And looking through the woods as we head home I can see the promise of the next month in the green now popping up all over the forest floor.  The next three weeks are the most magic of the entire year in the woods here, and I will keep reporting on them, as the seasons in the valley unfold!

Tuesday, April 28, 2015

The Lake is Gone!

Sorry to bother you one more time with Wodehouse Karst pictures, and these ones are dull as ditch water!  But I went out today to walk in and see if I could get a picture of the lake half-empty, and lo and behold, the lake was gone!  Here's what it looks like today, 12 days after we paddled across the karst!

This is looking at the main cluster of sinkholes.  You can see there's still a little excess water in the stream, but the lake obviously subsided away very quickly once it started.  The bottom 3-4 feet of those tree trunks would have been in the water.

Looking back up the valley where we paddled from, the entire valley is grey-brown, with fine clay sediment coating all the shrubs.  This was all lake up to the tree line on the far side, and probably 3 feet deep where I'm standing.

But I could her quite a roar from down in the valley, sort of like a waterfall around the corner.  Once I got down there I could see the water just thundering down into the ground under these boulders.  The entire stream here, about 6 feet wide, was just dropping down a hole.  Because of all the willow shrubs, this was the best photo I could get; couldn't avoid my shadow.

And nearby one of the now-dry sinkholes, a crevice in the short wall of limestone that blocks the stream.  This may be one of the 'caves' some people check out.  No water, but I could hear water underneath the rocks.

When I got to the perched pond, now a separate pond instead of part of the lake, it definitely seemed a foot or two lower than I've seen it in the past.

I hunted around and found a tiny stream draining out of the pond, downhill toward the sinkholes below.  There's only about a 6 foot gap between the slope down to the sinkholes, and the pond itself, so it won't take much erosion before we may lose the perched pond entirely!  Another future change to watch for.

This is the final main sinkhole with water pooled over it a few feet deep still.  The camera itself is about at the height the lake was 12 days ago.

And this is just one of the deep sinkholes out in the field where we paddled.  It's about 20 feet deep, and was completely underwater; we paddled right across.  And yes, that's still a snowbank in the distance.  It lasts a long time on the east or north sides of slopes where the drifts accumulated deeply.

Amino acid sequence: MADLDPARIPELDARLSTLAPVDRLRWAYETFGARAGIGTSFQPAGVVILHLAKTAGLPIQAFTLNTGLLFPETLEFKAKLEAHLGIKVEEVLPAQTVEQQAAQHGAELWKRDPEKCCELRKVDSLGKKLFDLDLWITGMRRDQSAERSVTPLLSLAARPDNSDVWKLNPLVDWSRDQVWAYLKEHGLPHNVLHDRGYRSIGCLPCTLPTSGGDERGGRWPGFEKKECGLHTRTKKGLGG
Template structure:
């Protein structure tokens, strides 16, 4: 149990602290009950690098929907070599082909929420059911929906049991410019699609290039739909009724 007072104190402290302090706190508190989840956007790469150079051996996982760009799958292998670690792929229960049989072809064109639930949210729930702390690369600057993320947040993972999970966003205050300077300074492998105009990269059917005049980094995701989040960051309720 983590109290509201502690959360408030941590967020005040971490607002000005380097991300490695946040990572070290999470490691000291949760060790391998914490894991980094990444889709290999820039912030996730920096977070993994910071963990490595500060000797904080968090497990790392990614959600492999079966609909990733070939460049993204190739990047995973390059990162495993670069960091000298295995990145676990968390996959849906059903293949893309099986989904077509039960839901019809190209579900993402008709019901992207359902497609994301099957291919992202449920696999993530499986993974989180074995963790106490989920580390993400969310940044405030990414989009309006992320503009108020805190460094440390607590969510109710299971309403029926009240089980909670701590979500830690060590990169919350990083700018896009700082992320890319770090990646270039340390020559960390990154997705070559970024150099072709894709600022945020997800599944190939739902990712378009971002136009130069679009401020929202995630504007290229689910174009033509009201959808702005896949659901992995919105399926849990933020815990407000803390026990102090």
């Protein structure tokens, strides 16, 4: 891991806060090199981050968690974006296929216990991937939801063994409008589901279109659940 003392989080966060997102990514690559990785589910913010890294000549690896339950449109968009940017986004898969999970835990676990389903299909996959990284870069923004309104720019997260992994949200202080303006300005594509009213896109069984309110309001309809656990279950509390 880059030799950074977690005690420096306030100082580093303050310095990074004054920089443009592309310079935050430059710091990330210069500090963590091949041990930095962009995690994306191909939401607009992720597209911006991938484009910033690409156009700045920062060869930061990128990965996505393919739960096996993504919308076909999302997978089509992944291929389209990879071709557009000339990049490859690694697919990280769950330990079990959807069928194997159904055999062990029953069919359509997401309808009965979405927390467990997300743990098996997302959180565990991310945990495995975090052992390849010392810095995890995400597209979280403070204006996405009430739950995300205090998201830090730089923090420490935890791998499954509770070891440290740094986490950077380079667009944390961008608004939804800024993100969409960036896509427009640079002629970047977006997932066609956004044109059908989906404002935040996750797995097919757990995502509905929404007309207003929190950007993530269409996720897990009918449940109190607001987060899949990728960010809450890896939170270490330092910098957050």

Now I promise you, no more posts on Wodehouse Creek, at least not for a while.  I've been busy tramping around Bruce Trail properties and other interesting places I want to share with you.

Monday, April 27, 2015

The Continuing Mystery of Wodehouse Creek

There are two continuing mysteries about Wodehouse Creek that intrigue me, though I don't expect I'll ever really be able to understand them any better than I do now.  I am sure though that I will continue to explore this fascinating area for many years to come.

The first mystery is that the creek seems to get smaller as it goes downstream.  This view is just below the springs, as you head down into the open Wodehouse Marsh.  The stream is about 15' wide, and perhaps a foot deep, even in late summer.

But three roads downstream, it has shrunk to a small creek about 4' wide and a few inches deep.

The other mystery has to do with the springs.  This is one of the main springs, in the fall, where the water just gurgles up out of the ground among those mossy boulders.

A short distance off to the left are other spots where water bubbles up out of the ground.  It's easier to see exactly where after an early December snowfall.

These coalesce to form a beautiful stream tumbling rapidly downhill over the boulders.  The Bruce Trail now passes right beside this cascade.

And at this time of year, here over one of the steeper stretches, it's a foaming white torrent of water.

But there are other springs, none as large as that one, but five altogether, strung out along the Niagara Escarpment over 3 or 4 miles, all apparently emerging somehow from the Wodehouse watershed.  This is one of those other small streams much lower down the slopes.